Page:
Colour Vision: What Employers Need to Know
Having colour blindness is not widely regarded as a handicap or disability – it is just a difference in the colours that some individuals can see. Employers do, however, need to be aware of the impact of colour vision on their employees, particularly if not being able to tell one colour from another can either put them in danger, or can endanger someone else.
What Jobs Does Colour Blindness AffectThere are many examples of jobs in which having perfect colour vision is important. In the manufacturing sector, for example, being able to identify electrical components by their colour is often necessary, and in the building industry, components, materials, pipes and cylinders may be colour coded. In electronic engineering, getting that colour coding wrong can result in a circuit not working at all, or in it working differently than expected, which can lead to important safety issues.
In transport, train drivers, bus drivers and taxi drivers need to be able to distinguish red lights from green lights. As red-green colour blindness affects about one in twelve of the male population, employers in this sector need to ensure that drivers are tested.
It seems obvious, but employers in the design industry, whether it is interior design, computer aided design, painting and decorating, or website design, need to ensure that the use of colour by colour blind employees is monitored. It may be necessary for employers to supply appropriate aids to make this sort of work possible for someone with colour defects in their vision. Some industries, such as those involved in the manufacture of textiles, dyes and paints, may need to test potential employees for colour blindness to ensure quality control, even though the safety issues are less critical.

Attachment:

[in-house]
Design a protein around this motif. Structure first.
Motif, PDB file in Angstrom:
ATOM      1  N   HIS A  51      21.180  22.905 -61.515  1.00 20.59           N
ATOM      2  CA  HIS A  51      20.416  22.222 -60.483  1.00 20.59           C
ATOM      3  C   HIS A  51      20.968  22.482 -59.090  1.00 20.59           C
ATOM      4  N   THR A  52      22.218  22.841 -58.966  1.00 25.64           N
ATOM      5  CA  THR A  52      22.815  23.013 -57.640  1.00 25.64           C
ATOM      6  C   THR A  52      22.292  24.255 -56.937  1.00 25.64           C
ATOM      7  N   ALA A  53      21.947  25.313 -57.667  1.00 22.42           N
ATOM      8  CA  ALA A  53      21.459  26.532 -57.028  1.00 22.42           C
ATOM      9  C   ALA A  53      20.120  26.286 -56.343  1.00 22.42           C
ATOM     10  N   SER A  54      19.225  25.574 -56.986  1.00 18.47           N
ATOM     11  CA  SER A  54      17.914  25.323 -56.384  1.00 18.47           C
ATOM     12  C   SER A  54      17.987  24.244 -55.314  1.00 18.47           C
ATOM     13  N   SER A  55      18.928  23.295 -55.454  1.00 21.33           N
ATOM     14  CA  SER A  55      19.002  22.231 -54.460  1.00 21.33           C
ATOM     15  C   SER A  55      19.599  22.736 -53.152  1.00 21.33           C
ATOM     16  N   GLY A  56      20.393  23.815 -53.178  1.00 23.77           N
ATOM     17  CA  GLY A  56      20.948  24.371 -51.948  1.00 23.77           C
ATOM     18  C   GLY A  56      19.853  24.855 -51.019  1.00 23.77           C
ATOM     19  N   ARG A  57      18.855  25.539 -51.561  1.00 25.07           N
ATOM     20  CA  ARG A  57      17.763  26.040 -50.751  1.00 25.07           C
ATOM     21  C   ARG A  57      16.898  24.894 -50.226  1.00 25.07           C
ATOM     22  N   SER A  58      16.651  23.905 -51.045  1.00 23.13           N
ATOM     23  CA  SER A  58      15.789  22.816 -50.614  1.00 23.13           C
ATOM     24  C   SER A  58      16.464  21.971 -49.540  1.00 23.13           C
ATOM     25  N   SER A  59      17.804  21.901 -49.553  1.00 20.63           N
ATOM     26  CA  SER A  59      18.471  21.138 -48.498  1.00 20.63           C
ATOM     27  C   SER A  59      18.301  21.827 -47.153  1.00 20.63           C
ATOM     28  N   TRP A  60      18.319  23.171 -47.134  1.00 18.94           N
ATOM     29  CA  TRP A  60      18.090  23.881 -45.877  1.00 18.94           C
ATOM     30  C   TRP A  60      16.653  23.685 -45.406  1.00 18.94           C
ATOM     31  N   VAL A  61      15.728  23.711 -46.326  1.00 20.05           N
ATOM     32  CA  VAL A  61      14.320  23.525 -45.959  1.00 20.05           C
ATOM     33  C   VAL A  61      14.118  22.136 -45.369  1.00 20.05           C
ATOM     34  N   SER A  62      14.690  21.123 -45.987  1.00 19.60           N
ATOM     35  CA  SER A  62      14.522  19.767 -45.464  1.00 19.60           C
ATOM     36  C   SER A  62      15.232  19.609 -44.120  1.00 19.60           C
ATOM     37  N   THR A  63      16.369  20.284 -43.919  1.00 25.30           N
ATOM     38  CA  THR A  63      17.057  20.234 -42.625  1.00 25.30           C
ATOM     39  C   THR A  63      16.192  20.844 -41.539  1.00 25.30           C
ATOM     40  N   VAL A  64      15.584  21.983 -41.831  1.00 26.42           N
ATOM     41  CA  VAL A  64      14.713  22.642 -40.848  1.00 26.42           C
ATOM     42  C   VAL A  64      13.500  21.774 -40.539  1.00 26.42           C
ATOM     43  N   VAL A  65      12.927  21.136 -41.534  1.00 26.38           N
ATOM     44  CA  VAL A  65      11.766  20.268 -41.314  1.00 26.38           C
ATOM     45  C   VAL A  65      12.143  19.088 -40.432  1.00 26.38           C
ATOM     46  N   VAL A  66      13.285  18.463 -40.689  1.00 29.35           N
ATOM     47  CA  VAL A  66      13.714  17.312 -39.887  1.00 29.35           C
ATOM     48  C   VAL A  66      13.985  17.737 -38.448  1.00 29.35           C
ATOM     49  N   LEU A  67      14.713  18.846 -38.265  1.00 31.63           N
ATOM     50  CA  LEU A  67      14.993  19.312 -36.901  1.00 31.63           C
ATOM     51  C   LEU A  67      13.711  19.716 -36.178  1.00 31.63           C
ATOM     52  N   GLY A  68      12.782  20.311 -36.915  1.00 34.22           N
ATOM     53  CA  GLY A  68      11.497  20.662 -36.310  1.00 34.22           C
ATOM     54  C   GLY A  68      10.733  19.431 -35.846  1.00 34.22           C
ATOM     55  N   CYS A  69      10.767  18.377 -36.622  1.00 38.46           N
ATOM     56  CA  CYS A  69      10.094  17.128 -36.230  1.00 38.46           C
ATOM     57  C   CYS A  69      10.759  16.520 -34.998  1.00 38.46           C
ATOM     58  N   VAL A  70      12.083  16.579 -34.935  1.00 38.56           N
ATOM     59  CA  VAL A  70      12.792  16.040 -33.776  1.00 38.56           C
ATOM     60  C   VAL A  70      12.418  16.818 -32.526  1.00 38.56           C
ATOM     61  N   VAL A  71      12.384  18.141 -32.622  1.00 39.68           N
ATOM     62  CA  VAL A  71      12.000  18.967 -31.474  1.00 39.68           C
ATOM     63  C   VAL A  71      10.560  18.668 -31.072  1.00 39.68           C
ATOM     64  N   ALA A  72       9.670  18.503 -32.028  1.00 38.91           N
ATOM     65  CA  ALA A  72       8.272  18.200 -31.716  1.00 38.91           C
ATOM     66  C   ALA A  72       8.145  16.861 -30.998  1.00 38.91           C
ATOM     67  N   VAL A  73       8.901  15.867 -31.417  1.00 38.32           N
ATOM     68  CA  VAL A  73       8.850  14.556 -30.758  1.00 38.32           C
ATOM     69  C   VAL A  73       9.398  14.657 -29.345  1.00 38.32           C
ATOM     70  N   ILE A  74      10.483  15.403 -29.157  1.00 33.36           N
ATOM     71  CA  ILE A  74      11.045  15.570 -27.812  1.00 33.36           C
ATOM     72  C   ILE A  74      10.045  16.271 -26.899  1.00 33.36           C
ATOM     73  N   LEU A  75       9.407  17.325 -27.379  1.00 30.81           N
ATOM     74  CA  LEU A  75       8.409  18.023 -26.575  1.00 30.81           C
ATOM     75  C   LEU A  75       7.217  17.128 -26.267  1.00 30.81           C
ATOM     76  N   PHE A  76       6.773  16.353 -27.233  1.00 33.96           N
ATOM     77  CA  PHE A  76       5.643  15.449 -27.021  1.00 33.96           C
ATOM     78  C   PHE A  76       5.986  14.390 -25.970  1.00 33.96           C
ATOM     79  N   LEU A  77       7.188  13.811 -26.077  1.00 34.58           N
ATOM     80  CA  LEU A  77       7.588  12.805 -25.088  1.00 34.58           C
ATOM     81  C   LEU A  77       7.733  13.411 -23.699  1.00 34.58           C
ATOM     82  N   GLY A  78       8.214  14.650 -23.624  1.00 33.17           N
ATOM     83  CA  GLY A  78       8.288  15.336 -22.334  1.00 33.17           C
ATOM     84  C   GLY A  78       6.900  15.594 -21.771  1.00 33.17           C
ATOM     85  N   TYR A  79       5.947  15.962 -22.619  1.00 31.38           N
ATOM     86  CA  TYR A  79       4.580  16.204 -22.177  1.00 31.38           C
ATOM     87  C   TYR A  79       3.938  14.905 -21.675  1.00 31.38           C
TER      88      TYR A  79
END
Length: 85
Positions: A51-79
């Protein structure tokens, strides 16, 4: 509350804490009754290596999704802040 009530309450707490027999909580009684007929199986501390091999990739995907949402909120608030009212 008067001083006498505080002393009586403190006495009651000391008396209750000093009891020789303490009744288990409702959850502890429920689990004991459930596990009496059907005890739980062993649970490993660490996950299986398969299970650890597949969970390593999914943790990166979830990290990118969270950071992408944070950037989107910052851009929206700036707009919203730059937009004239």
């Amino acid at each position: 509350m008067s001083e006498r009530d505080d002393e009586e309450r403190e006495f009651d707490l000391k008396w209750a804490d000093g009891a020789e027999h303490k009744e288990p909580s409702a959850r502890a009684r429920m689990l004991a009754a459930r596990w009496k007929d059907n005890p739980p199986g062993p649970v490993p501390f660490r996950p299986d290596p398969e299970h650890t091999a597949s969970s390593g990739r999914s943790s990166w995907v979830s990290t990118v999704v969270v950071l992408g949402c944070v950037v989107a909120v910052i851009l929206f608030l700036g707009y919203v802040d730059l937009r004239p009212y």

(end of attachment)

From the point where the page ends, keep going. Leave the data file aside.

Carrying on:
What Types of Colour Blindness Should Employers Check For?There is a wide spectrum of colour blindness and many people with mild colour defects are not aware they have them. For jobs in which colour perception is crucial, the interview process for potential employees should include a colour blindness test as part of a routine health and safety assessment. It is also important for employers to realise that colour blindness is more common in men and it becomes more pronounced after the age of 45. Men over 50 have a 1 in 12 chance of having an inherited defect in their colour vision but an equal chance of having an acquired colour vision problem – so one in 6 potential male employees in this age group may be affected.
The most common type of inherited colour blindness involves an inability to tell the difference between red and green. Colour vision problems that prevent people from telling the difference between other colours, such as blue and yellow, are rarer. Genetic colour blindness tends to be more severe, but there are milder problems that occur because of diseases such as diabetes and heart disease, and other diseases that affect the quality of circulation in the back of the eye. Most of the colour vision problems that arise during a person’s lifetime affect blue/yellow vision, so this becomes more common in older people and can be equally common in men as well as women.